The reason for this poor fit is clear from the ratio plot shown in Fig. 1. Whilst the extremely hard (Γ= 0.94+0.05− 0.03) power law is a good description of the underlying continuum below ∼6 keV (except at the lowest energies where there appears to be a soft excess), there is a large, broad iron emission feature followed by an obvious rollover below ∼20 keV. Adding a single Gaussian dramatically improves the fit quality (Δχ2∼ 345 for 3 d.o.f.) giving a broad (σ= 0.35 keV) and strong [equivalent width (EQW) of ∼1.4 keV] line which peaks at 6.64 keV. The breadth of the line could be due to smeared reflection as seen in X-ray binaries (XRBs) at low mass accretion rates (see Fabian 2005); however, the spectral properties are inconsistent and the EQW of this feature is far larger than has been seen in any reflection-dominated XRB to date, suggesting an alternative origin. Instead we obtain a marginally better fit (Δχ2∼ 12 for 6 d.o.f.) by describing the excess as an iron triplet corresponding to lab-frame energies of ∼6.4, 6.65 and 6.95 keV. Together with the underlying, extremely hard continuum (Γ∼ 1.00 ± 0.05), we then initially identify the source as an IP in the persistent dim, hard state. In this case, we would expect the spectrum to be dominated by bremsstrahlung cooling with a strong component of photoelectric absorption (Norton & Watson 1989) and reflected emission from the WD surface creating the strong 6.4-keV iron line (Beardmore et al. 1995; Done, Osborne & Beardmore 1995; Done & Magdziarz 1998).

Figure 1

Left: ratio of the XMM–Newton (PN: blue and MOS1: black) and INTEGRAL data (ISGRI: red) to a model of an absorbed power law with a best-fitting index of ∼0.94. There are clear, strong residuals due to iron emission and the presence of a rollover in the spectrum below ∼20 keV. Right: the XMM–Newton data from 5 to 10 keV (unfolded through a power law of Γ= 0 and norm = 1) together with dashed vertical lines, indicating the rest-frame energies for the iron triplet (6.4, 6.65 and 6.95 keV, respectively).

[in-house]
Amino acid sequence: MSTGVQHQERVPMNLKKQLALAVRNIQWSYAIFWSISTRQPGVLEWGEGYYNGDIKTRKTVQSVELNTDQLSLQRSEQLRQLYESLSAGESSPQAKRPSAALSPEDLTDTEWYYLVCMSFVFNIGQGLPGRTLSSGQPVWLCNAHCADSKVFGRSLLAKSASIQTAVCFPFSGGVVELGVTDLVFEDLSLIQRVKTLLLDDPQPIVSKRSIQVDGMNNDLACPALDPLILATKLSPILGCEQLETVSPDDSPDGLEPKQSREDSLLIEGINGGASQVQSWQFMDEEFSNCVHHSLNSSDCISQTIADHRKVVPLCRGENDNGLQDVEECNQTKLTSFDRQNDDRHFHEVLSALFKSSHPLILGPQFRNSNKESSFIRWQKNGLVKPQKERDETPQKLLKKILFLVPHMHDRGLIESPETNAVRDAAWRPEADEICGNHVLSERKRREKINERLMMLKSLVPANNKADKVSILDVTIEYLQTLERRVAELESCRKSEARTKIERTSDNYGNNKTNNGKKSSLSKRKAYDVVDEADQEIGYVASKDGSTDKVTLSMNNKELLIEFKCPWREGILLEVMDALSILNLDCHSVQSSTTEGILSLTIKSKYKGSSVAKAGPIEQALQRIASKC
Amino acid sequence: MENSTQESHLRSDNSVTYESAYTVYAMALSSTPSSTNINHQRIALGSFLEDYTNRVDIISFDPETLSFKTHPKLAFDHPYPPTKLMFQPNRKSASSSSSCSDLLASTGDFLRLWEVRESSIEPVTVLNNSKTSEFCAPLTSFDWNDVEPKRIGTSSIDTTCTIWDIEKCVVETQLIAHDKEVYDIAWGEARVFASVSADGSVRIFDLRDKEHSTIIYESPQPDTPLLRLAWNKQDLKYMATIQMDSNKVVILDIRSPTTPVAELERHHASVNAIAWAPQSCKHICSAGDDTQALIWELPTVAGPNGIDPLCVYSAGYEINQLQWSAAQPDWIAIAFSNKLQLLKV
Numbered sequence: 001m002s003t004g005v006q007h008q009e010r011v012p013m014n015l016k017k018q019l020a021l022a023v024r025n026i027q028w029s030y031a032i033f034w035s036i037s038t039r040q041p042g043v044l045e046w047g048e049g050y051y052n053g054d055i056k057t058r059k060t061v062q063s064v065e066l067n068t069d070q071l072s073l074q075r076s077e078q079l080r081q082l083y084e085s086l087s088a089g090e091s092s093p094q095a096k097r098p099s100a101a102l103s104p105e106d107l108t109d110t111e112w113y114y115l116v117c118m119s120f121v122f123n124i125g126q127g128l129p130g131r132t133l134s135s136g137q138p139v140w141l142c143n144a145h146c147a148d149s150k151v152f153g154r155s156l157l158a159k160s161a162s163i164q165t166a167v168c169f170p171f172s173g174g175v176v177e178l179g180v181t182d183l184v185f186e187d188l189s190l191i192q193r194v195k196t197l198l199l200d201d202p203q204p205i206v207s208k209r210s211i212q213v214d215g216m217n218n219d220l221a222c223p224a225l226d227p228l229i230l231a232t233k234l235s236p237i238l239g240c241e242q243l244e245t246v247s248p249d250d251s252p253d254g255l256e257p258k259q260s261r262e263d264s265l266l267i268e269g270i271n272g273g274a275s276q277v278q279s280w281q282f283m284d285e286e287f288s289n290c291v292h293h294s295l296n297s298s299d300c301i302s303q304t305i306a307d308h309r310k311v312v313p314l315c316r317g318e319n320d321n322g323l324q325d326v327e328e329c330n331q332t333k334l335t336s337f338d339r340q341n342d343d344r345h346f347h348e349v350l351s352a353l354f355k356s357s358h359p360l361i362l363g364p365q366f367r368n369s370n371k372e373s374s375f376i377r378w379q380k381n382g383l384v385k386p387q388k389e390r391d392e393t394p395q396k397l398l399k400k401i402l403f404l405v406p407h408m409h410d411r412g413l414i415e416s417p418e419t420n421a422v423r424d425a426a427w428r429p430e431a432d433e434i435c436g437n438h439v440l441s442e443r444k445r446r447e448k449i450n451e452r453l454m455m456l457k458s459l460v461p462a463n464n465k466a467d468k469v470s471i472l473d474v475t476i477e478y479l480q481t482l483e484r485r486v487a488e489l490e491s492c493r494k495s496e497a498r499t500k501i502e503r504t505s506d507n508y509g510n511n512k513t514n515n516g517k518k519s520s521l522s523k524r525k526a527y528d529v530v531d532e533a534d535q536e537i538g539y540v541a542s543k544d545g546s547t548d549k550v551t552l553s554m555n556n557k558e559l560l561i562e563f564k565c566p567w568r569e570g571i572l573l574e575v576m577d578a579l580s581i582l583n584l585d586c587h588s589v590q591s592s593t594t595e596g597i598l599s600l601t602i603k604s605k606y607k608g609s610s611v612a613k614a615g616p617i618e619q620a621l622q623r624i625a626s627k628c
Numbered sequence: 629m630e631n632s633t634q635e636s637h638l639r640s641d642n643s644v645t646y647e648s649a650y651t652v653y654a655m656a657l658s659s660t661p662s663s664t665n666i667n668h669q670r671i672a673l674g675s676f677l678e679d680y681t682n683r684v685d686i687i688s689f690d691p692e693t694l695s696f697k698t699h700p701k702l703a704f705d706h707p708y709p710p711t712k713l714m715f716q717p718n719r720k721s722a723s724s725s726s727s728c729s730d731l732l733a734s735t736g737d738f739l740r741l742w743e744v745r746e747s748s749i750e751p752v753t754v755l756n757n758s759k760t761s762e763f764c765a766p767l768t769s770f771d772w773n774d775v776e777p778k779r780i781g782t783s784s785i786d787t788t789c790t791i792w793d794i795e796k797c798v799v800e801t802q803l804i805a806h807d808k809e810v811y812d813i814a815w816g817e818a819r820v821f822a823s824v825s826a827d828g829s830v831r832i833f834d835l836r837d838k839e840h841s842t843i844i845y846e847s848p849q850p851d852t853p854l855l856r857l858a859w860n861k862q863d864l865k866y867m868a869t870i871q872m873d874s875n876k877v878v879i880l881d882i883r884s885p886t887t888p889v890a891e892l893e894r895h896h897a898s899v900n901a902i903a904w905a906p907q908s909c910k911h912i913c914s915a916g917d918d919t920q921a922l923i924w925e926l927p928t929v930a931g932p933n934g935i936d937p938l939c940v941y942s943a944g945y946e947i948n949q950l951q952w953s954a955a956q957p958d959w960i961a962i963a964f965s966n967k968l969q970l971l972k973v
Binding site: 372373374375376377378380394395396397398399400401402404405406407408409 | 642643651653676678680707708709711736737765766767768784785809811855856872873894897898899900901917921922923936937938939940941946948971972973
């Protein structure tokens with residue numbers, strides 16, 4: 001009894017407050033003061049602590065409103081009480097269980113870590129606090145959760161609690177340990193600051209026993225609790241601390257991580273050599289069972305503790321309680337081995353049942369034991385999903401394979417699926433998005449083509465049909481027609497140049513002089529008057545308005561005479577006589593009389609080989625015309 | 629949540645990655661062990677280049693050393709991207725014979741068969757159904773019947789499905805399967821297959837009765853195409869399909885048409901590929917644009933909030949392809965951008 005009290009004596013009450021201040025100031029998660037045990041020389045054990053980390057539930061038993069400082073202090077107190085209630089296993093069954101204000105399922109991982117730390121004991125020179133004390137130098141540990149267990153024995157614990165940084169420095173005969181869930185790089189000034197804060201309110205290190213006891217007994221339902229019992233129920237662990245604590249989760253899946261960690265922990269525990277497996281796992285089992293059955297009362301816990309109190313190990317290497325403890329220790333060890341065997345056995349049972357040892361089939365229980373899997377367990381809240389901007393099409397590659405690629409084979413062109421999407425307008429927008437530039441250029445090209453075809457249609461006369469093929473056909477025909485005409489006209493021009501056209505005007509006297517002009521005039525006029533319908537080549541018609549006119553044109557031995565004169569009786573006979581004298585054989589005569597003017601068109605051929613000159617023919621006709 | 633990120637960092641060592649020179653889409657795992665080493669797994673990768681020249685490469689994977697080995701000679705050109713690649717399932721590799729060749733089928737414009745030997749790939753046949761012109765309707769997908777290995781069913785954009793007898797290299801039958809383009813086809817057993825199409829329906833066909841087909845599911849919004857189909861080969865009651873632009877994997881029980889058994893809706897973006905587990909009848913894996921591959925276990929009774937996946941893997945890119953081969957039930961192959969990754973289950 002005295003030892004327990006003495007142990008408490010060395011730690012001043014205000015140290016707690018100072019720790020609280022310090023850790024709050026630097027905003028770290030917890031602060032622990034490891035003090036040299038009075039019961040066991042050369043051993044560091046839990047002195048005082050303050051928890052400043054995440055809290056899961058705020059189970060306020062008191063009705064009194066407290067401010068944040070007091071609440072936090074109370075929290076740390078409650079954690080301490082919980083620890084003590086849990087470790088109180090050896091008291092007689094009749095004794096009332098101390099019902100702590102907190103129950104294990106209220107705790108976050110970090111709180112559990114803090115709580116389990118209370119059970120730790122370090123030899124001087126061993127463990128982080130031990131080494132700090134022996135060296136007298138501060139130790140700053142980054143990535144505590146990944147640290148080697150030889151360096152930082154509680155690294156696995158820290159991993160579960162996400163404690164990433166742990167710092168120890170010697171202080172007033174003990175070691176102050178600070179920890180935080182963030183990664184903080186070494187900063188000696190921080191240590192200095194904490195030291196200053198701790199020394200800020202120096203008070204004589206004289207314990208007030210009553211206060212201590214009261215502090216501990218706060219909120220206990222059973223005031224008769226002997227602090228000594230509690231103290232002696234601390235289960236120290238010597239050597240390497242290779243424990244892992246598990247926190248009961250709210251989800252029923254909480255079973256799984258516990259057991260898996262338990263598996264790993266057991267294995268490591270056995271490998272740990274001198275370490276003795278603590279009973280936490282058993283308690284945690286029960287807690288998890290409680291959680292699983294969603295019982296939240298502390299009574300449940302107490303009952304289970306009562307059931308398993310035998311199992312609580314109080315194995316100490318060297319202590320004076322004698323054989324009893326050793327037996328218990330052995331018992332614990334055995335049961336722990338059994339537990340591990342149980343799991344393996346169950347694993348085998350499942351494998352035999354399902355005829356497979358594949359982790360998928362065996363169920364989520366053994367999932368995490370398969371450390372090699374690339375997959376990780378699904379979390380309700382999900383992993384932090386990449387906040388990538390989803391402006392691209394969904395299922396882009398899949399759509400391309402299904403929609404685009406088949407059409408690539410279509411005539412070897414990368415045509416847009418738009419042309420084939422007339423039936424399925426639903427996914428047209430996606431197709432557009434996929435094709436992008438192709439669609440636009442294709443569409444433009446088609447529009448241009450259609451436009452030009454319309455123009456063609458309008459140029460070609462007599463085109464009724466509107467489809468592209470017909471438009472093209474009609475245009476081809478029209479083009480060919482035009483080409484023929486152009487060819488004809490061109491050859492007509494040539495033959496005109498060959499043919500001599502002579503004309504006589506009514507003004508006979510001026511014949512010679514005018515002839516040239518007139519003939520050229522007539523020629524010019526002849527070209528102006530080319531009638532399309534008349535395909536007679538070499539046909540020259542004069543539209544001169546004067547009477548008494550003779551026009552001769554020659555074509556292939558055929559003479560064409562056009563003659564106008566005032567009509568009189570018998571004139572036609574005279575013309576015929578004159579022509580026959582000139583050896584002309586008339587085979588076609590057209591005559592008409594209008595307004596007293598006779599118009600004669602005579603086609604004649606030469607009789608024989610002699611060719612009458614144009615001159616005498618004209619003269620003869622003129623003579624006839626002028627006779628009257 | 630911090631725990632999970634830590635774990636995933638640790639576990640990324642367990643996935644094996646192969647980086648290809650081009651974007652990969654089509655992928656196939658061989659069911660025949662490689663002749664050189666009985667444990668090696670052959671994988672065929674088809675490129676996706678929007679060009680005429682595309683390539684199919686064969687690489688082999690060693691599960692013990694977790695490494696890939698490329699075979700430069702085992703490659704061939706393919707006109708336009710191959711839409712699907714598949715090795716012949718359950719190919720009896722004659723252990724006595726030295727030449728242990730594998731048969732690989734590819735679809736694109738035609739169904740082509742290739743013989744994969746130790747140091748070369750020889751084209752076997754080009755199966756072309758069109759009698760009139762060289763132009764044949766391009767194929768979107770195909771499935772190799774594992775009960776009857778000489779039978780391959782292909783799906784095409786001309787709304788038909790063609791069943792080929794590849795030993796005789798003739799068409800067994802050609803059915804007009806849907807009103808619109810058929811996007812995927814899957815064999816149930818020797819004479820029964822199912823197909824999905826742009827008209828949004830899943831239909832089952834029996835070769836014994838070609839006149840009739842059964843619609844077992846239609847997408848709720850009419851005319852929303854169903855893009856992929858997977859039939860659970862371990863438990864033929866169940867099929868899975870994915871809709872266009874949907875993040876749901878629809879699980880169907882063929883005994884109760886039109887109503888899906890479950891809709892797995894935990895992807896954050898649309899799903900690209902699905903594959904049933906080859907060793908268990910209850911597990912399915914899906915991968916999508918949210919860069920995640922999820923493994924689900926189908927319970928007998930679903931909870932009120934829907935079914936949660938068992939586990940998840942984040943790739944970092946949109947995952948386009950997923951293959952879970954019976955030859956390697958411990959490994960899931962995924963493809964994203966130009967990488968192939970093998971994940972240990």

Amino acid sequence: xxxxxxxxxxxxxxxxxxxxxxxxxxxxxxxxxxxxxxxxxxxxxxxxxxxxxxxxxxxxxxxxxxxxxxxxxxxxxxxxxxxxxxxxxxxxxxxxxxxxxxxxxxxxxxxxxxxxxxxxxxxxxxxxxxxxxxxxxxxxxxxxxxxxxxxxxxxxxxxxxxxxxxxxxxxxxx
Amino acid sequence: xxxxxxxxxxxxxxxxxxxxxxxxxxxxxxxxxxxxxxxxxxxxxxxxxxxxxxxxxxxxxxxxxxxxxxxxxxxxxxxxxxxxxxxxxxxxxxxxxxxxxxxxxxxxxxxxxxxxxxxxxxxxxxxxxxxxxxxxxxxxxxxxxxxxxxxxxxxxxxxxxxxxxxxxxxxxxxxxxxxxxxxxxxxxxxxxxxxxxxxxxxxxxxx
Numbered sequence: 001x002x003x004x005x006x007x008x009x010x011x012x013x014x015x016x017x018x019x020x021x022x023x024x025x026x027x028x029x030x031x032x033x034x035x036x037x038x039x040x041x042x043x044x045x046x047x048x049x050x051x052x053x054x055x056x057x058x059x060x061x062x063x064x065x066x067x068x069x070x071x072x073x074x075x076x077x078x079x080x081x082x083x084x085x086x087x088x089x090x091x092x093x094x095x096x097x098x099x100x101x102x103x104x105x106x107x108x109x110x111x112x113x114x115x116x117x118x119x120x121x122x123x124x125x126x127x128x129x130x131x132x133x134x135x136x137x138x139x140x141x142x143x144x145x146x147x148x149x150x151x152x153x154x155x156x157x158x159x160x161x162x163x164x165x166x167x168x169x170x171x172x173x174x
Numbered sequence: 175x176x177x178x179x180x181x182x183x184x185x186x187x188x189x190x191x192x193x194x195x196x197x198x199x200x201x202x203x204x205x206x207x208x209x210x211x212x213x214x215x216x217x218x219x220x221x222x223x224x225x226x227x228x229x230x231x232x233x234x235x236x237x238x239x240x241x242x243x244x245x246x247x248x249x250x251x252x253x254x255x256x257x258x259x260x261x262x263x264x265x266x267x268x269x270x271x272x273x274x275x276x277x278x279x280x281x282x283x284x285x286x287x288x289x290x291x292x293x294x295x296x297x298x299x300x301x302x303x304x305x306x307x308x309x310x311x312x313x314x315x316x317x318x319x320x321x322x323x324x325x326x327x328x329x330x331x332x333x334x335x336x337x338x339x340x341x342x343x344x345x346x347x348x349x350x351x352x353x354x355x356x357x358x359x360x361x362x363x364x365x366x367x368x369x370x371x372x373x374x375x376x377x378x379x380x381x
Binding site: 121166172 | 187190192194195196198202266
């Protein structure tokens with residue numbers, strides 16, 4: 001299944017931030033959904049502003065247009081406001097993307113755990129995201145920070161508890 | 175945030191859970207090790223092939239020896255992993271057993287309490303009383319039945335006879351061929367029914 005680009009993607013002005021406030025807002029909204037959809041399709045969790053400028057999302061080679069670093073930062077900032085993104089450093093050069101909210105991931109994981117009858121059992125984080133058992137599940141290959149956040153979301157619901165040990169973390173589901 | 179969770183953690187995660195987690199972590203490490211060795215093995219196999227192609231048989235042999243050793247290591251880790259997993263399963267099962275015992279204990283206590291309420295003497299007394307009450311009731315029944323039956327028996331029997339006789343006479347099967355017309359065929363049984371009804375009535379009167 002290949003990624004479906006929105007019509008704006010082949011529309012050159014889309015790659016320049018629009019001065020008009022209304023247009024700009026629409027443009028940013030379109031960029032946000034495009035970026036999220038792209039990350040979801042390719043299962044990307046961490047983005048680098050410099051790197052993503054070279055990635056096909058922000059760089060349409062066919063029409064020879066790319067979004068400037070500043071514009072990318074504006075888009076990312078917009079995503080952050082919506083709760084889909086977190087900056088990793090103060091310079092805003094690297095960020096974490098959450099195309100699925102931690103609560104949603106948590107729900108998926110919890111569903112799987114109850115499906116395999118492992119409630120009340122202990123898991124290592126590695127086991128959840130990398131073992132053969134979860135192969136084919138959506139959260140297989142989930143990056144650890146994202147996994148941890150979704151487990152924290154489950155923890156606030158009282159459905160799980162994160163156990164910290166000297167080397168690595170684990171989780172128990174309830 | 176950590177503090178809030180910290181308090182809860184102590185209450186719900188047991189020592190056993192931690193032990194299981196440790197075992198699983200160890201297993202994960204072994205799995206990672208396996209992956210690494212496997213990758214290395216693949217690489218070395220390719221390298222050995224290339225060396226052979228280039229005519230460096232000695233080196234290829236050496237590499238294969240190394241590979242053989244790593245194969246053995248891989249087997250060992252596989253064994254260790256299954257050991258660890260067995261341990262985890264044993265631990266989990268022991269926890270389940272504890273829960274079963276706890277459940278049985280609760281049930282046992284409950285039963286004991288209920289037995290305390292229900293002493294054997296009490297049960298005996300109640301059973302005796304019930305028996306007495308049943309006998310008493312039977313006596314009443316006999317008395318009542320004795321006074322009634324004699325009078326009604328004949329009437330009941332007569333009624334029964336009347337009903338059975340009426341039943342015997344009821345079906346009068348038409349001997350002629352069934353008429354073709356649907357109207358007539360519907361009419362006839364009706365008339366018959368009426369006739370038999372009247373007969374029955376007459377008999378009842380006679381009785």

Figure 1

Left: ratio of the XMM–Newton (PN: blue and MOS1: black) and INTEGRAL data (ISGRI: red) to a model of an absorbed power law with a best-fitting index of ∼0.94. There are clear, strong residuals due to iron emission and the presence of a rollover in the spectrum below ∼20 keV. Right: the XMM–Newton data from 5 to 10 keV (unfolded through a power law of Γ= 0 and norm = 1) together with dashed vertical lines, indicating the rest-frame energies for the iron triplet (6.4, 6.65 and 6.95 keV, respectively).

We can provide a reasonable estimate for the physical description of the shock-heated plasma emission by assuming a model for a multitemperature flow with variable elemental abundances (CEVMKL).1 In this case, the emission measure is weighted by a power law in temperature, with the single temperature parametrizing the model being the hottest temperature of the flow. Although not a true physical model, constraining this parameter will provide a reasonable estimate of the shock temperature. We combine this intrinsic emission with reflection from the surface of the WD (with a fixed incident spectral index of 1.5), all of which is obscured by a neutral partial covering fraction and a foreground Galactic column2 [in xspec, this is CONS*TBABS*PCFABS*(REFXION3 (CEVMKL))]. We find the requirement for a second neutral covering fraction (Δχ2≥ 100 for 2 d.o.f.) although the inclusion of any further absorbers does not significantly improve the fit. We obtain an good description of the data (χ2 of 346.5 for 325 d.o.f.) with the best-fitting model and residuals plotted together in Fig. 2 and the model parameters with 90 per cent confidence limits provided in Table 1 (note that, in this best-fitting case, the constants of proportionality are consistent within 10 per cent of unity). The model provides an estimate for the unabsorbed 0.3–10 keV flux of 2.4 × 10−11 erg cm−2 s−1. This is fairly bright for an IP in the dim, hard state (although a distance of ∼2.5 kpc would be required in order for this to be the brightest; Stacey et al. 2011). However, whilst the source is relatively bright, the hard continuum precludes a useful RGS analysis which could help identify soft emission/absorption features (and identify the physical, multitemperature nature of the emission; Wu et al. 2003).